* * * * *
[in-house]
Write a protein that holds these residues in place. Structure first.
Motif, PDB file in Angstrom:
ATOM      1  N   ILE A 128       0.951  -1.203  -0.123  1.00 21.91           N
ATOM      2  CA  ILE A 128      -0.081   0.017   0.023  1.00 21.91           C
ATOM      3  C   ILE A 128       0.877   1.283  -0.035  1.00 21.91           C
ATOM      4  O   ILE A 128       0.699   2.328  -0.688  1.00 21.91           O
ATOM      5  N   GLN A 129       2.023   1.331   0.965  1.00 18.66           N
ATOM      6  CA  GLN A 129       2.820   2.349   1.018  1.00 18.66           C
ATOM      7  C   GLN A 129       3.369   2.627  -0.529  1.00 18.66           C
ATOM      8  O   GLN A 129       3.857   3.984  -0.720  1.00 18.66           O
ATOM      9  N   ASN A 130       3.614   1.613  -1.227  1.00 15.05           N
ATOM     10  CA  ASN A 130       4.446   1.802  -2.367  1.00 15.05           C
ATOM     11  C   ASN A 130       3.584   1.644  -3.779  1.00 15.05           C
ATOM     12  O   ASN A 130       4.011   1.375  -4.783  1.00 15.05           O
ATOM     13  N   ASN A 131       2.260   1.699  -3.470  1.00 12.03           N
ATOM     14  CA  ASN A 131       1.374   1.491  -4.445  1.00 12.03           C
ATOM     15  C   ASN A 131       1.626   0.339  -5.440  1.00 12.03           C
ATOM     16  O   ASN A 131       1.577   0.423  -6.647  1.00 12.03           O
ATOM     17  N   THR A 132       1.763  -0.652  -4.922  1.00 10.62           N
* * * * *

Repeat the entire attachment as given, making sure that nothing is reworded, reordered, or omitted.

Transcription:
[in-house]
Write a protein that holds these residues in place. Structure first.
Motif, PDB file in Angstrom:
ATOM      1  N   ILE A 128       0.951  -1.203  -0.123  1.00 21.91           N
ATOM      2  CA  ILE A 128      -0.081   0.017   0.023  1.00 21.91           C
ATOM      3  C   ILE A 128       0.877   1.283  -0.035  1.00 21.91           C
ATOM      4  O   ILE A 128       0.699   2.328  -0.688  1.00 21.91           O
ATOM      5  N   GLN A 129       2.023   1.331   0.965  1.00 18.66           N
ATOM      6  CA  GLN A 129       2.820   2.349   1.018  1.00 18.66           C
ATOM      7  C   GLN A 129       3.369   2.627  -0.529  1.00 18.66           C
ATOM      8  O   GLN A 129       3.857   3.984  -0.720  1.00 18.66           O
ATOM      9  N   ASN A 130       3.614   1.613  -1.227  1.00 15.05           N
ATOM     10  CA  ASN A 130       4.446   1.802  -2.367  1.00 15.05           C
ATOM     11  C   ASN A 130       3.584   1.644  -3.779  1.00 15.05           C
ATOM     12  O   ASN A 130       4.011   1.375  -4.783  1.00 15.05           O
ATOM     13  N   ASN A 131       2.260   1.699  -3.470  1.00 12.03           N
ATOM     14  CA  ASN A 131       1.374   1.491  -4.445  1.00 12.03           C
ATOM     15  C   ASN A 131       1.626   0.339  -5.440  1.00 12.03           C
ATOM     16  O   ASN A 131       1.577   0.423  -6.647  1.00 12.03           O
ATOM     17  N   THR A 132       1.763  -0.652  -4.922  1.00 10.62           N